A Commentary by John Stott

Ephesians 4:25-5:4. 2). Six concrete examples.

It is marvellous to see how easily Paul can descend from lofty theological talk about our two humanities, about the Christ we have learned and the new creation we have experienced, to the nitty-gritty of Christian behaviour – telling the truth and controlling our anger, honesty at work and kindness of speech, forgiveness, love and sexual self-control. All very practical. And before we come to his six examples, we need to notice three features common to them all.

First they all concern our relationships. Holiness is not a mystical condition experienced in relation to God but in isolation from human beings. You cannot be good in a vacuum, but only in the real world of people. Besides, ‘all the qualities enjoined here are aspects of that unity in the church which it is our writer’s prime concern to elucidate and to foster. To this matter he deliberately gives pride of place…Similarly, the evils to be avoided are all destroyers of human harmony.

Secondly, in each example a negative prohibition is balanced by a corresponding positive command. It is not enough to put off the old rags; we have to put on new garments. It is not enough to give up lying and stealing and losing our temper, unless we also start speaking the truth, working hard and being kind to people.

Thirdly, in each case a reason for the command is either given or implied, indeed a theological reason. For in the teaching of Jesus and his apostles doctrine and ethics, belief and behaviour are always dovetailed into one another.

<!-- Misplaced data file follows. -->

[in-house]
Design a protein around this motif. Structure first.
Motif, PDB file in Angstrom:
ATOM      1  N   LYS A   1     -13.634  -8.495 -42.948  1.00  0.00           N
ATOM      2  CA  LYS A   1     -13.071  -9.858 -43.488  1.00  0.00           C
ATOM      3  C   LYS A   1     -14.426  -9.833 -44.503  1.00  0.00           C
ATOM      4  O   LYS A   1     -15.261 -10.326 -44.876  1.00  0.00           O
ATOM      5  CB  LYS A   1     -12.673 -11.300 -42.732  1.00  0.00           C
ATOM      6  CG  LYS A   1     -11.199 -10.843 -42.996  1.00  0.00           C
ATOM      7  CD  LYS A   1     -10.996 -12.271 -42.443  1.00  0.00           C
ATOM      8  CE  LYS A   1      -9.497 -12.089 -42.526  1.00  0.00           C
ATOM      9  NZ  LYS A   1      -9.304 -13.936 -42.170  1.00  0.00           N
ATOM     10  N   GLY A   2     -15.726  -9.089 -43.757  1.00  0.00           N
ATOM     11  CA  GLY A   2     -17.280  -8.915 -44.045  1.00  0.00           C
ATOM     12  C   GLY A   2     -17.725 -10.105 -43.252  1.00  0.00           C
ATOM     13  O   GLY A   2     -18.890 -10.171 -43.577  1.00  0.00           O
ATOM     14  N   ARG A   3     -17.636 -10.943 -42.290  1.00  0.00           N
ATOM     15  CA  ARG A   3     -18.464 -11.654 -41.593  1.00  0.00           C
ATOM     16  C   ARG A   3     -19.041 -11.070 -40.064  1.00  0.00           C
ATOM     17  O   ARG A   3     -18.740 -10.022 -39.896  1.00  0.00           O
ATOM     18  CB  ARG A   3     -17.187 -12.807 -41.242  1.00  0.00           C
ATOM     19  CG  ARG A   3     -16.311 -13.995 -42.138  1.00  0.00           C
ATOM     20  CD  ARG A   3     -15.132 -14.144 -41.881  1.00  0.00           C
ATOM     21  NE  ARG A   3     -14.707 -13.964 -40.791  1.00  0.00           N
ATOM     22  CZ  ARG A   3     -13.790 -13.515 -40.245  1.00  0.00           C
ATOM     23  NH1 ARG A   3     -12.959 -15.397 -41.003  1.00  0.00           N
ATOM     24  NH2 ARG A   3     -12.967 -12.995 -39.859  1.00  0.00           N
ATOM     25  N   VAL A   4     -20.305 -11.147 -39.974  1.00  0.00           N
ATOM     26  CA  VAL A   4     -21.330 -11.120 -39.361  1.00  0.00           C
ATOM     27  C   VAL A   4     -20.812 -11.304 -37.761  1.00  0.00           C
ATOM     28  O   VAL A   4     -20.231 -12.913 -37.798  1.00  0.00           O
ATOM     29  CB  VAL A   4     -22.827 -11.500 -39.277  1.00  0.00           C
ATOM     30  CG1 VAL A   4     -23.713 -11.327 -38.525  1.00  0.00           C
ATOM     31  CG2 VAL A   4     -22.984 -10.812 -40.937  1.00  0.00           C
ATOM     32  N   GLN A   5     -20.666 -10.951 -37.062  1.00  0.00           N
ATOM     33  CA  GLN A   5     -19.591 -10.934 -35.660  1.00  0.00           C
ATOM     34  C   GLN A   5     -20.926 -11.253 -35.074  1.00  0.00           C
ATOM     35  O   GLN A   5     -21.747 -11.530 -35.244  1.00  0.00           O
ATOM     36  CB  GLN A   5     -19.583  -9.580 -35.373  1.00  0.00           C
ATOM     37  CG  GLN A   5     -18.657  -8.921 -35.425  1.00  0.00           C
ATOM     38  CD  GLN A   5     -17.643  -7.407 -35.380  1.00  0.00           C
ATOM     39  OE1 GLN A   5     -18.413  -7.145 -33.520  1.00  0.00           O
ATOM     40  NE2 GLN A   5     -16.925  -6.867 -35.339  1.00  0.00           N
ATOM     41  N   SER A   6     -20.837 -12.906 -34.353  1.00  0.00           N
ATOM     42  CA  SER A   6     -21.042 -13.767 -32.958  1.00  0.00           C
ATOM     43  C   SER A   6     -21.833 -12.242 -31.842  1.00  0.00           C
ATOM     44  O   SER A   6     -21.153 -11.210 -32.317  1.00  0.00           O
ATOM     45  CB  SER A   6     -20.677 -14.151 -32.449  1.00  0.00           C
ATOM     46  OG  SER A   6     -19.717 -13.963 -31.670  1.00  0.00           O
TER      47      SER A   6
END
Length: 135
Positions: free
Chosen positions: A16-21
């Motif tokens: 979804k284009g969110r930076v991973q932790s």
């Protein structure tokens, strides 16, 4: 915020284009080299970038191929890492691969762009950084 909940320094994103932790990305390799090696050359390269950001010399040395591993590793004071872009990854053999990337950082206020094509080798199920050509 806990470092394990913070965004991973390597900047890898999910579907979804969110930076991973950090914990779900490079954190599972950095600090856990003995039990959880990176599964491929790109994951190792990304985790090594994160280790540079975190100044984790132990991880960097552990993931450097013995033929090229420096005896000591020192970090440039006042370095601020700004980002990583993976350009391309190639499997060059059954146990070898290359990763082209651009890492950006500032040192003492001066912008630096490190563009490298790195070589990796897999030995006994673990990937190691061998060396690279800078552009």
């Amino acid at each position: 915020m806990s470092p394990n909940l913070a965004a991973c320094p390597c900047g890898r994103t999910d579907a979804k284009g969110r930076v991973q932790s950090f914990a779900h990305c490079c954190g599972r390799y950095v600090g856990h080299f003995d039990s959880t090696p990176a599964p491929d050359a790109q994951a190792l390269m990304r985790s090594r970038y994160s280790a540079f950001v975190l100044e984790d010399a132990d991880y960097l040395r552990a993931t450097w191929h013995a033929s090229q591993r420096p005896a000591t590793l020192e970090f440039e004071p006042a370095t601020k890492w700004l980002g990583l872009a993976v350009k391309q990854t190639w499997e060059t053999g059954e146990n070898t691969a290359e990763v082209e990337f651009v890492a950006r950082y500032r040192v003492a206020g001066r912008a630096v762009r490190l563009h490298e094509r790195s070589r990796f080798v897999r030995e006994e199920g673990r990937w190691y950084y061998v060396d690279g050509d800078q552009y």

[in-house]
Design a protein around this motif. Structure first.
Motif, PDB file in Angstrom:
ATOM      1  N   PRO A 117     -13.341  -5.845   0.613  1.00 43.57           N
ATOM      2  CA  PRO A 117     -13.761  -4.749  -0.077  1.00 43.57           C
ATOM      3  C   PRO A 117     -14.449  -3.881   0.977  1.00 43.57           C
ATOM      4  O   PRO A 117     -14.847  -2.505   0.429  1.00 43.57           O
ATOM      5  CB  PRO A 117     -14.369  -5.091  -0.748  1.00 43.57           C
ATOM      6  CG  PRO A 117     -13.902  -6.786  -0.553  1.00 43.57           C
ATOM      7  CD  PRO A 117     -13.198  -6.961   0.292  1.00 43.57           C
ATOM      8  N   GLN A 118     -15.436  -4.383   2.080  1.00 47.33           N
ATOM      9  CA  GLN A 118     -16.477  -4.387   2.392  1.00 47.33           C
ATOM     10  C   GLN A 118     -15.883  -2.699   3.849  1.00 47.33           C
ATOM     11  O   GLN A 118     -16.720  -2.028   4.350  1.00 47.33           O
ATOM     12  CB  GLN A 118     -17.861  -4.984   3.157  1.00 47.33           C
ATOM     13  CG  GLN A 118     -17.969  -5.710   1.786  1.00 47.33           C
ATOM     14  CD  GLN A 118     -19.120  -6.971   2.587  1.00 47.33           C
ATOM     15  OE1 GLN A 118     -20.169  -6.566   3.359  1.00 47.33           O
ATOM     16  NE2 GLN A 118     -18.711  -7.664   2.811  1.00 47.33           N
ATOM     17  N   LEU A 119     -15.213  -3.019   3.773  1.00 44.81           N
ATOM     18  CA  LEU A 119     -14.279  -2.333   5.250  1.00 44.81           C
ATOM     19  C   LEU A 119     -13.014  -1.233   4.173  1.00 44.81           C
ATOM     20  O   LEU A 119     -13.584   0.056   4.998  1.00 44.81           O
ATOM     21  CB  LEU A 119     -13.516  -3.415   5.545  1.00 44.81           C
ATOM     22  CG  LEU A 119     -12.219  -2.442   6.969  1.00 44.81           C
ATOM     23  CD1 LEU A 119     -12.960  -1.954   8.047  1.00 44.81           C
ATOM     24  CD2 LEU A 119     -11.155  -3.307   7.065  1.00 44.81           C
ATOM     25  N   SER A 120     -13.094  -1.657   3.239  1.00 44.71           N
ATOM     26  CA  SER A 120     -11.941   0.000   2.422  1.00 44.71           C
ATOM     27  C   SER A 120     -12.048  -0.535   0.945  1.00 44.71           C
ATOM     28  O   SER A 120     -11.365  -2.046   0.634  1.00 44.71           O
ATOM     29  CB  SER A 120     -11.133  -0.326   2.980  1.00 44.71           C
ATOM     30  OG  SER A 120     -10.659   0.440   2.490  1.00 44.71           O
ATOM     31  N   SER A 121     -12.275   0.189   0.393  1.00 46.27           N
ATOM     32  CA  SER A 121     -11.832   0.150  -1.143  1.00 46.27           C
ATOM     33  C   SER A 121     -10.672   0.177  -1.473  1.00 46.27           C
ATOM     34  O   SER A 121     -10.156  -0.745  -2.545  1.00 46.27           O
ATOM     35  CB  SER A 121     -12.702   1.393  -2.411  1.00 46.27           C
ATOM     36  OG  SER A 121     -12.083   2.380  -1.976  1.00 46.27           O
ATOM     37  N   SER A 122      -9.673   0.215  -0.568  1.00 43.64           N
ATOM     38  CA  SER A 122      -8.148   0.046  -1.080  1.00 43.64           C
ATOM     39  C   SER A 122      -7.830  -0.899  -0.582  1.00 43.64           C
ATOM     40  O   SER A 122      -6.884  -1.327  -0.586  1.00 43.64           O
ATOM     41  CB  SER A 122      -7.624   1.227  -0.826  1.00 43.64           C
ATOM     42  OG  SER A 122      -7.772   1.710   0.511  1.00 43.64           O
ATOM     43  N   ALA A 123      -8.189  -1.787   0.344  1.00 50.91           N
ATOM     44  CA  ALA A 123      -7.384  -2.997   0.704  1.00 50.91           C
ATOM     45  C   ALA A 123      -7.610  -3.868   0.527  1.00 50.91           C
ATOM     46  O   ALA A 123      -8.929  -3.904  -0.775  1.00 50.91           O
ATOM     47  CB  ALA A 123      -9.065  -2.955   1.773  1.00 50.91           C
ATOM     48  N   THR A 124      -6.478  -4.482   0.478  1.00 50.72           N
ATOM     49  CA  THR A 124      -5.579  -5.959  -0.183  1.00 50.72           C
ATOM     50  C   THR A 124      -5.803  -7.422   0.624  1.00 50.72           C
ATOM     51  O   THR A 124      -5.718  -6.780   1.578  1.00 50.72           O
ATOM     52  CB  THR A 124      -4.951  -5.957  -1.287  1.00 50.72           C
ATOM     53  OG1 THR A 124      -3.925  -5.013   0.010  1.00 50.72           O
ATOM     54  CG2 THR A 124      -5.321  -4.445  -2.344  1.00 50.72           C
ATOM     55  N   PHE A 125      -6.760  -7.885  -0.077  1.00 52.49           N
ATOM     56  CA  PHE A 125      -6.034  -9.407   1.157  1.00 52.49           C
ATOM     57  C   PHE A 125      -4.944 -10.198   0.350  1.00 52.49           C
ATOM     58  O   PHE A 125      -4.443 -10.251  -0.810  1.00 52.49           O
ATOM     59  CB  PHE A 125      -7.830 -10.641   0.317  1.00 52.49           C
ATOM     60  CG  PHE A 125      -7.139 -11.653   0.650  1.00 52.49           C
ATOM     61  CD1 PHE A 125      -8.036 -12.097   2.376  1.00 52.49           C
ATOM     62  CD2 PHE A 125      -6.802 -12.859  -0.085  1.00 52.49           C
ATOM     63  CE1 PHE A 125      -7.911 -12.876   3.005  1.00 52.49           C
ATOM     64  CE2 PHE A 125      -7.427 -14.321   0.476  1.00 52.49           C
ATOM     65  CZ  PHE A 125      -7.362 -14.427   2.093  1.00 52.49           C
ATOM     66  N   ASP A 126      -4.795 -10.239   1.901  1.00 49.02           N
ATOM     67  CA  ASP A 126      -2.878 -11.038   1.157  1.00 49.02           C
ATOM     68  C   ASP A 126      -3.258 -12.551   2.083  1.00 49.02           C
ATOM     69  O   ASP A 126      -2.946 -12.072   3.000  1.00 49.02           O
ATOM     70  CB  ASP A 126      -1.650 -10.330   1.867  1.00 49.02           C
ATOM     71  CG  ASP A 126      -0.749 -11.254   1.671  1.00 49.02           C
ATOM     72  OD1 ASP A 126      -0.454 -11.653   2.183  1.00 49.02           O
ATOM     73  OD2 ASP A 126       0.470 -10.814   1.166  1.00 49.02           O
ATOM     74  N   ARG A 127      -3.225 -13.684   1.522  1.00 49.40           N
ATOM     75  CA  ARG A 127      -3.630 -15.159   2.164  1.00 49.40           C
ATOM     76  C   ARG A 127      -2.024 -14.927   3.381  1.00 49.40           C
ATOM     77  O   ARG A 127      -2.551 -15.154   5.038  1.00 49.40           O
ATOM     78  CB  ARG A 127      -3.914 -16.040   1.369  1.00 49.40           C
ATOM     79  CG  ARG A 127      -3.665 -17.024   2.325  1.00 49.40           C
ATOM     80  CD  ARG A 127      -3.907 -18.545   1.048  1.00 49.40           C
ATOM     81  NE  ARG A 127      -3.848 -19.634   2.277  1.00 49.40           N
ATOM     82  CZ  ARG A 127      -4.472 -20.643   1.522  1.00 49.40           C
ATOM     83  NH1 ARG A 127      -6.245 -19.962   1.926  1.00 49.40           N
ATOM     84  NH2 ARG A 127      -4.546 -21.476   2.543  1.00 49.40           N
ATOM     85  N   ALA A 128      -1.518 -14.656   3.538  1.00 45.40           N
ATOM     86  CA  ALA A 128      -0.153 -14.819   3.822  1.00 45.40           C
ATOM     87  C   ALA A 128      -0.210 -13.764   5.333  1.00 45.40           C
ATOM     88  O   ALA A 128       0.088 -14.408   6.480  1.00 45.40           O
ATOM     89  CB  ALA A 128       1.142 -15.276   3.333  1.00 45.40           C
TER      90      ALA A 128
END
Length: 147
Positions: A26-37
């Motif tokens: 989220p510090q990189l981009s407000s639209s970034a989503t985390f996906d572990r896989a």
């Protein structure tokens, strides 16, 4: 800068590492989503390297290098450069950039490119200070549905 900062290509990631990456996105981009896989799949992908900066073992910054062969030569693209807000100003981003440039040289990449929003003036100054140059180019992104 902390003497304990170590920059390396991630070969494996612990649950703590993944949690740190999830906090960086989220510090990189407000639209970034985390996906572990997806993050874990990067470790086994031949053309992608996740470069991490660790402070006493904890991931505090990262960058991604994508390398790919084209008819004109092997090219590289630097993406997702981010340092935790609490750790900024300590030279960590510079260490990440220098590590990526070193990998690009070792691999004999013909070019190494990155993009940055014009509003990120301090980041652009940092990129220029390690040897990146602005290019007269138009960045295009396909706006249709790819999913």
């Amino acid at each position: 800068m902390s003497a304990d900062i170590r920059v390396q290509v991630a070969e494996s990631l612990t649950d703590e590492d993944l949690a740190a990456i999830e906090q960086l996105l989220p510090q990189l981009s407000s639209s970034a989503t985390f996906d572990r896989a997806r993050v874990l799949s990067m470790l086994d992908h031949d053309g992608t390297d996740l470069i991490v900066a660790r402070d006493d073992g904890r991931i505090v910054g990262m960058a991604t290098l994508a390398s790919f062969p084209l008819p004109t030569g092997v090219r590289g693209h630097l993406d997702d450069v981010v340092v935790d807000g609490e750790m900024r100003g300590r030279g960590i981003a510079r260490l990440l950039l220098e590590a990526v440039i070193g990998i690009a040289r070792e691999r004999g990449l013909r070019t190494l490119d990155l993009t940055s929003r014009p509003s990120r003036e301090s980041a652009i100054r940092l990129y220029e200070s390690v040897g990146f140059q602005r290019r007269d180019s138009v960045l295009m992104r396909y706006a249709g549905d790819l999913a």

a). Don’t tell lies, but rather tell the truth (verse 25).

*Therefore, putting away falsehood, let every one speak the truth with his neighbour, for we are members one of another*.

Strictly speaking, the Greek word is not *falsehood* in the abstract but ‘the lie’ (*to pseudos*). It is possible, therefore, that Paul is referring here as in Romans 1:25 to ‘the great lie of idolatry’, and that because his readers had renounced that supreme falsehood of paganism, the chief symptom of a futile and darkened mind (verses 17-18), he urges them now to forsake all lesser lies and speak the truth. Certainly the avoidance of lies is of little use without the active pursuit of truth. The followers of Jesus (in whom is truth, verse 21) should be known in their community as honest, reliable people whose word can be trusted. The reason given is not only that the other person is our *neighbour*, whom we are commanded in Scripture to love, but that in the church our relationship is closer still, *for we are members one of another*. Paul brings us back to his doctrine of the church as the body of Christ (cf. verses 12-16), and implies that ‘a lie is a stab into the very vitals of the Body of Christ’. For fellowship is built on trust, and trust is built on truth. So falsehood undermines fellowship, while truth strengthens it.

Tomorrow: Ephesians 4:26-27.  b). Don’t loose your temper, but rather ensure that your anger is righteous.

The John Stott Bible Study is taken from The Message of Ephesians: Being a Christian. The Bible Speaks Today John Stott. Used by permission of Inter-Varsity Press UK, Nottingham. All rights reserved.